Griner described arriving in Russia after an exhausting 13-hour flight — soon after recovering from COVID — and finding herself in an interrogation in which much of what was being said remained untranslated. She said she was told to sign papers with no explanation of what they were.


Her case has taken on outside importance amid the lowest point in relations between Russia and the United States since the end of the Cold War. She arrived for the hearing with her wrists shackled in front of her, and flanked by Russian security agents, including some wearing bulletproof vests, their faces covered by balaclavas.


She has been accused by Russian authorities of having two vape cartridges of hashish oil in her luggage when she arrived at an airport near Moscow. Russia did not make her detention public until after it invaded Ukraine.


Griner, 31, a two-time Olympic gold medalist who plays for the Phoenix Mercury, had been traveling to Russia to play with a team in Yekaterinburg, about 900 miles east of Moscow, during the WNBA offseason.


In court Wednesday, Griner, testifying from an enclosed witness box, said she had been pulled aside during a luggage check in Moscow’s Sheremetyevo airport, according to her lawyer, Aleksandr Boikov.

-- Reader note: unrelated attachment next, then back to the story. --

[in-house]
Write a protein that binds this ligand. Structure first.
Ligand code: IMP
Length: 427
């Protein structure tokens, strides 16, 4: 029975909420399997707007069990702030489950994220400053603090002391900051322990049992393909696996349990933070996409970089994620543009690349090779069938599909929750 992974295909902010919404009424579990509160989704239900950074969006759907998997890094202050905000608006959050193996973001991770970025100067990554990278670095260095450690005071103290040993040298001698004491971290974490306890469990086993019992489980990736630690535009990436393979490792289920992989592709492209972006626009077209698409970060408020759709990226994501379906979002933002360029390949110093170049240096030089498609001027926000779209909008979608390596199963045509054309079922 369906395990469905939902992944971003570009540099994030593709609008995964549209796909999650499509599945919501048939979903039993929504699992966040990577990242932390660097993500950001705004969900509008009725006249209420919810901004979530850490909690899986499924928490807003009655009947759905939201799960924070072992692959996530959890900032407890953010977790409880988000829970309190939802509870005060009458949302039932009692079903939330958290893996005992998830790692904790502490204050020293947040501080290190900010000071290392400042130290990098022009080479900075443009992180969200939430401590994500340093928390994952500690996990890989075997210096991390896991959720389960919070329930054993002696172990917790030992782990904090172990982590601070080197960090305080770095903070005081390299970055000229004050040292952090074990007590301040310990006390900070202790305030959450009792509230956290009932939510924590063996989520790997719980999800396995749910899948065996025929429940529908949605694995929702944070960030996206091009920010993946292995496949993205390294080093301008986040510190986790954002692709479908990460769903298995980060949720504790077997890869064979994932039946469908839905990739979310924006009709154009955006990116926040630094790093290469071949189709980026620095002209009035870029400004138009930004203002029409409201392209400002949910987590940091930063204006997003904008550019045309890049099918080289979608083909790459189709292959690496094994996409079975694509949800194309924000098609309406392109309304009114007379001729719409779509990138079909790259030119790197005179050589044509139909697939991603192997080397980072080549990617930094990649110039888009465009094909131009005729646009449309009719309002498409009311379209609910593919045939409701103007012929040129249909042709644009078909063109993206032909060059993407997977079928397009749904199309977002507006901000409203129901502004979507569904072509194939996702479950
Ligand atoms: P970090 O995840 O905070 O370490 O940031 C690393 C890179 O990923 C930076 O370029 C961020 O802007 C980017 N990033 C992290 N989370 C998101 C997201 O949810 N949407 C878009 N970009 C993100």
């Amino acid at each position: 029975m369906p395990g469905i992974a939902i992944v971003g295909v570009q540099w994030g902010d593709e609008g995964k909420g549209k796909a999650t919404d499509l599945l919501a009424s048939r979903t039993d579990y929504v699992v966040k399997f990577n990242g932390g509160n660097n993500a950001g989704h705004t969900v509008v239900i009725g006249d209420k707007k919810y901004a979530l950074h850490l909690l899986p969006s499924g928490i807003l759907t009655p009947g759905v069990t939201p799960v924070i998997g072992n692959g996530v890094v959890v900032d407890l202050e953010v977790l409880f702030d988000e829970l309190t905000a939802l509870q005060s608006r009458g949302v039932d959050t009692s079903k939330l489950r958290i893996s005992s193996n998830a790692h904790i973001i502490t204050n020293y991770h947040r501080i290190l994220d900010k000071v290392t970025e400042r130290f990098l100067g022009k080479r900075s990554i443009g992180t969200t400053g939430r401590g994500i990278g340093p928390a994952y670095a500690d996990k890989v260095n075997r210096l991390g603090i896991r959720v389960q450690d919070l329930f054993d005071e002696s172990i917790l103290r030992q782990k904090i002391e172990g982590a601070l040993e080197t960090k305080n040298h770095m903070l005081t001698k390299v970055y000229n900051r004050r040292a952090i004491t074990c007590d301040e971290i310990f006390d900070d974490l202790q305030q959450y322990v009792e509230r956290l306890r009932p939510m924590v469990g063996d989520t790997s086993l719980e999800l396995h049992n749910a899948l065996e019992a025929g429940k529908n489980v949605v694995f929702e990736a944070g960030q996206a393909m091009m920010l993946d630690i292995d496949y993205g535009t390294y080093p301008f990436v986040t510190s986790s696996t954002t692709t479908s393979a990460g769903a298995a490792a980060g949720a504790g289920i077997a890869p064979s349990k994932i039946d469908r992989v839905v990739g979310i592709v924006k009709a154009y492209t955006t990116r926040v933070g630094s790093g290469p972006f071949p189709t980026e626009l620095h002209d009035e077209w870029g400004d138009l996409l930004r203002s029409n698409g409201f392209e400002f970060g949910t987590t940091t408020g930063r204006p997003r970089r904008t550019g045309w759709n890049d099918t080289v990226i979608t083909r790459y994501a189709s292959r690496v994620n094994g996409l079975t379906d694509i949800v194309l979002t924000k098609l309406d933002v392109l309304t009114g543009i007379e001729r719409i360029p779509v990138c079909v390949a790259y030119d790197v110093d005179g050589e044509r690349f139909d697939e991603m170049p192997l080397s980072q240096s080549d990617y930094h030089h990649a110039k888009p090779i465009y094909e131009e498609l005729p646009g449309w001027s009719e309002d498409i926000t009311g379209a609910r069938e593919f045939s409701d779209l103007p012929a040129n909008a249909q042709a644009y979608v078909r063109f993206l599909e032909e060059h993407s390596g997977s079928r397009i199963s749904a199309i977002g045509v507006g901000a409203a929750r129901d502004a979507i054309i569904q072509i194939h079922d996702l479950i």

Griner “was surprised” that vape cartridges appeared in her luggage and that the interpreter she was provided translated “almost nothing,” Boikov said. A lawyer came to help after 16 hours of detention, he said.


Although Griner has already entered a guilty plea, the trial is expected to continue into August, her lawyers said. She faces a possible 10-year sentence. Her lawyers hope that her plea will make the court more lenient.


Whelan, 52, a former Marine and corporate security executive, was detained at a Moscow hotel in late 2018 and charged with espionage. The State Department has classified him and Griner as “wrongfully detained” and has referred their cases to a special hostage affairs office.


Griner’s Russian legal defense team said it had learned about the U.S. offer from the news and that it had not been participating in the discussions. From a legal perspective, the prisoner exchange is possible only after the court reaches a verdict, the lawyers said.


In a statement, Whelan’s brother, David, said the family was just hearing about the U.S. proposal but “appreciates” the administration’s efforts and hopes the Kremlin “accepts this or some other concession that enables Paul to come home to his family.”


A lawyer for Bout, Steve Zissou, declined to comment.


Blinken said the United States was trying to balance the imperatives of freeing wrongfully detained prisoners around the world, while “we work to reinforce the global norm against these arbitrary detentions, against what is truly a horrific practice.”